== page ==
“Whenever I walk to Suffern along the Erie track
I go by a poor old farmhouse with its shingles broken and black.
I suppose I’ve passed it a hundred times, but I always stop for a minute
And look at the house, the tragic house, the house with nobody in it.
I never have seen a haunted house, but I hear there are such things;
That they hold the talk of spirits, their mirth and sorrowings.
I know this house isn’t haunted, and I wish it were, I do;
For it wouldn’t be so lonely if it had a ghost or two.
This house on the road to Suffern needs a dozen panes of glass,
And somebody ought to weed the walk and take a scythe to the grass.
It needs new paint and shingles, and the vines should be trimmed and tied;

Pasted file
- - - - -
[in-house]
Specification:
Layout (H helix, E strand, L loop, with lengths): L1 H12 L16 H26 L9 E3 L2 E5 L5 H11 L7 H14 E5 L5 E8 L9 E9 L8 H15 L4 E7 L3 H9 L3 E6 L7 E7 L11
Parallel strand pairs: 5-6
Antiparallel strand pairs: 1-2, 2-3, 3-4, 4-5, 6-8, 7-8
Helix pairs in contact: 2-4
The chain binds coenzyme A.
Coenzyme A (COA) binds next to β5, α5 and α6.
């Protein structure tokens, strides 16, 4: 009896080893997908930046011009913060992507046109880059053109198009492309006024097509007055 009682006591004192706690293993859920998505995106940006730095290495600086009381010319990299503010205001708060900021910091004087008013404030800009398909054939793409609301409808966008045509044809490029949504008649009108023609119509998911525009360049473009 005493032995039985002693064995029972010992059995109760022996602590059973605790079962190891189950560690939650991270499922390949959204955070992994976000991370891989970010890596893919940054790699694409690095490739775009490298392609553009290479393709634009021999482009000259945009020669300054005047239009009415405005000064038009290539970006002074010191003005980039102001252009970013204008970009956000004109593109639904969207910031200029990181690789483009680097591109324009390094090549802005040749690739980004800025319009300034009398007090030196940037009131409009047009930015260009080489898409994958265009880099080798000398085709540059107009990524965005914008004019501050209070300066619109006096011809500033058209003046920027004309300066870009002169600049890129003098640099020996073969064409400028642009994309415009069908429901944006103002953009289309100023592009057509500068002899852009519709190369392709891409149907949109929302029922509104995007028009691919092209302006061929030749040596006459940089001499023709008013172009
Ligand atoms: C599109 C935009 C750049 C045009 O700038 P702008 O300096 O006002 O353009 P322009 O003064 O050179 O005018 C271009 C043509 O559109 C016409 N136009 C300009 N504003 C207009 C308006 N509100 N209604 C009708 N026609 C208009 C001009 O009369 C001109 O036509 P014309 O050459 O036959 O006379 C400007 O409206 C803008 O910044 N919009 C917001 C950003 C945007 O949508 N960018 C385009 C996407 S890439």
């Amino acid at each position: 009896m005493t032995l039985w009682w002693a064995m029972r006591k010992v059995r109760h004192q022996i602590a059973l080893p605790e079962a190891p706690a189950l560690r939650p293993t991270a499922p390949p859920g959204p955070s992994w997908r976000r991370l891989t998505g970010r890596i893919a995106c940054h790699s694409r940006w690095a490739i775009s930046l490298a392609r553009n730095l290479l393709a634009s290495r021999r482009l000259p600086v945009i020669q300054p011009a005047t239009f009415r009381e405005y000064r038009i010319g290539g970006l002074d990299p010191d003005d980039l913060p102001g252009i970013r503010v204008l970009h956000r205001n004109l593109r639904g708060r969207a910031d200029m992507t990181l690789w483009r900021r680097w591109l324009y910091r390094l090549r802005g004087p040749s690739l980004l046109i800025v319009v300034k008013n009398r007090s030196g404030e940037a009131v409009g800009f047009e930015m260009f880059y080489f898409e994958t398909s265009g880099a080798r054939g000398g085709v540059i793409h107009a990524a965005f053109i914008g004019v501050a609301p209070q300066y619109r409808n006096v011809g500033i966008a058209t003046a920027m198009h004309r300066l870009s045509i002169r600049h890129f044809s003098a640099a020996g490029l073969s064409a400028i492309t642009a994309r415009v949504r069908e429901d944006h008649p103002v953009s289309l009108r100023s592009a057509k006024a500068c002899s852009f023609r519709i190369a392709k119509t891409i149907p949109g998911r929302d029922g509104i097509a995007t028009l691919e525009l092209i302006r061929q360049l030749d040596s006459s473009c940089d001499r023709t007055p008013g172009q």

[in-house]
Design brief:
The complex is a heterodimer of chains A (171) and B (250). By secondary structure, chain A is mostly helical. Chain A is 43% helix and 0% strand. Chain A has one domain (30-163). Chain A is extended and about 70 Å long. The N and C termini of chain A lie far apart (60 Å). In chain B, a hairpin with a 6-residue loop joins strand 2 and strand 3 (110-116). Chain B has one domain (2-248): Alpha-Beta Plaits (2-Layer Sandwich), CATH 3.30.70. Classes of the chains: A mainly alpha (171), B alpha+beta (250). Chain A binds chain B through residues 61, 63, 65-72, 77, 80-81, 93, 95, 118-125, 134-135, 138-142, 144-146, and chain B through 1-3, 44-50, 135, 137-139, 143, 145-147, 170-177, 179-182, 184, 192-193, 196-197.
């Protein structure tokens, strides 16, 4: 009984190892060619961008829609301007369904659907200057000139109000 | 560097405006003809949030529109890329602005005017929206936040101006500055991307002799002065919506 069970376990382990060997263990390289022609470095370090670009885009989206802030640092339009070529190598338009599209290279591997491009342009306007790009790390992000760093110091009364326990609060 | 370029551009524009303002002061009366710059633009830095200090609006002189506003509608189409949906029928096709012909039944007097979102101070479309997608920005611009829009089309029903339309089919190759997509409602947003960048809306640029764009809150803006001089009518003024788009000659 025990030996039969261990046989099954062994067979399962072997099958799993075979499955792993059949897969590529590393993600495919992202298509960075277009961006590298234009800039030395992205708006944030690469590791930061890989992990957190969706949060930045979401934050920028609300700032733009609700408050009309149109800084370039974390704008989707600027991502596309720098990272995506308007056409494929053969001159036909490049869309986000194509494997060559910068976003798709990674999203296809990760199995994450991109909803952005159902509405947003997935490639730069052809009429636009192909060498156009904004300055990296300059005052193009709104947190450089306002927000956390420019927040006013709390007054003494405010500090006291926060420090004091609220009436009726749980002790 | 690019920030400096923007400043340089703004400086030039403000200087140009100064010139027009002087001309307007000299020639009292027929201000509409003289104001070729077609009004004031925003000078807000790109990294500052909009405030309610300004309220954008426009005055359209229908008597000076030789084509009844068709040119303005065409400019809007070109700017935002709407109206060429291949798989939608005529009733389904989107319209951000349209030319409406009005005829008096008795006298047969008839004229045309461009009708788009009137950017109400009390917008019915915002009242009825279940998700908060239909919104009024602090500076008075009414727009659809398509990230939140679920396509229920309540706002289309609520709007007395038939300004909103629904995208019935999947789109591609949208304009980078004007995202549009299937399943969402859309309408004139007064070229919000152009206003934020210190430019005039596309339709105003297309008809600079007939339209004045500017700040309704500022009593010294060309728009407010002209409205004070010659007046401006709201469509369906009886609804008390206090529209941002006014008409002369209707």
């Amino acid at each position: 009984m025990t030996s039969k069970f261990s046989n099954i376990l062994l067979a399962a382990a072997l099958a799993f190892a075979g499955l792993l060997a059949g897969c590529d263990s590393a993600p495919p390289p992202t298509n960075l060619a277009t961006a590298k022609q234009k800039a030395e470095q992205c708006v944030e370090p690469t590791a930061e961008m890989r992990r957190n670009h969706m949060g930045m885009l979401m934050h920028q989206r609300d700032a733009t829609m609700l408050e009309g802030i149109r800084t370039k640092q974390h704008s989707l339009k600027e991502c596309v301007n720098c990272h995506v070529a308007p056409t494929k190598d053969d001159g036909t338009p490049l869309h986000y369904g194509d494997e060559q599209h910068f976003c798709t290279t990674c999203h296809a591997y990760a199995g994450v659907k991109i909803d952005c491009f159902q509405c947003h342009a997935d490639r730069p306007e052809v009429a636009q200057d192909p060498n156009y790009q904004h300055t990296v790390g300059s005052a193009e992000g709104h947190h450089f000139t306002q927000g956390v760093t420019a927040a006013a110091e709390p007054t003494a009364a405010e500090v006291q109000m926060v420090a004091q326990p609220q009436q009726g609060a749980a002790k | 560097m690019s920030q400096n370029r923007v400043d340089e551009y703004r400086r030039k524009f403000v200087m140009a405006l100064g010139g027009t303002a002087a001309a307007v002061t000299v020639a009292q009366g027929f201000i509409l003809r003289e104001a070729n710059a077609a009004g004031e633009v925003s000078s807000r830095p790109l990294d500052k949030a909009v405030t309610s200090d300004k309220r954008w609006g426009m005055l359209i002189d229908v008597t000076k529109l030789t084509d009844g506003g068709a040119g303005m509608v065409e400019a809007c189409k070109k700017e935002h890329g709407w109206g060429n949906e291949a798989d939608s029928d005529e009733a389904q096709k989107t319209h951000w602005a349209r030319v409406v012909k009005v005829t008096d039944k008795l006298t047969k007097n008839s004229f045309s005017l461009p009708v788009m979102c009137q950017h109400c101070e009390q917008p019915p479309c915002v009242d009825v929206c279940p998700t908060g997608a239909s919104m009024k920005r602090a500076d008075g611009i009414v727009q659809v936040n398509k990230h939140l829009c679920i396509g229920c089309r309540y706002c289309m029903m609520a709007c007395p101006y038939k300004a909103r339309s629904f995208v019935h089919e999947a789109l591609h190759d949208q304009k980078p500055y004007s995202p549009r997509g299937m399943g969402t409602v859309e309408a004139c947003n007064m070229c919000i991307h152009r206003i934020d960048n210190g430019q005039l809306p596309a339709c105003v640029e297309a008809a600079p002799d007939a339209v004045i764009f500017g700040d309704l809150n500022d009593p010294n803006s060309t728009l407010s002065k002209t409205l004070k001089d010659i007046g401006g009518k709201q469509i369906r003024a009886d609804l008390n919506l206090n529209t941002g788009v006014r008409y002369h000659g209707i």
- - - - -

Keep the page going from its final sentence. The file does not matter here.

But what it needs the most of all is some people living inside.
If I had a lot of money and all my debts were paid,
I’d put a gang of men to work with brush and saw and spade.
I’d buy that place and fix it up the way it used to be,
And I’d find some people who wanted a home and give it to them free…
So whenever I go to Suffern along the Erie track
I never go by the empty house without stopping and looking back;
Yet it hurts me to look at the crumbling roof and the shutters fallen apart;
For I can’t help thinking the poor old house is a house with a broken heart.”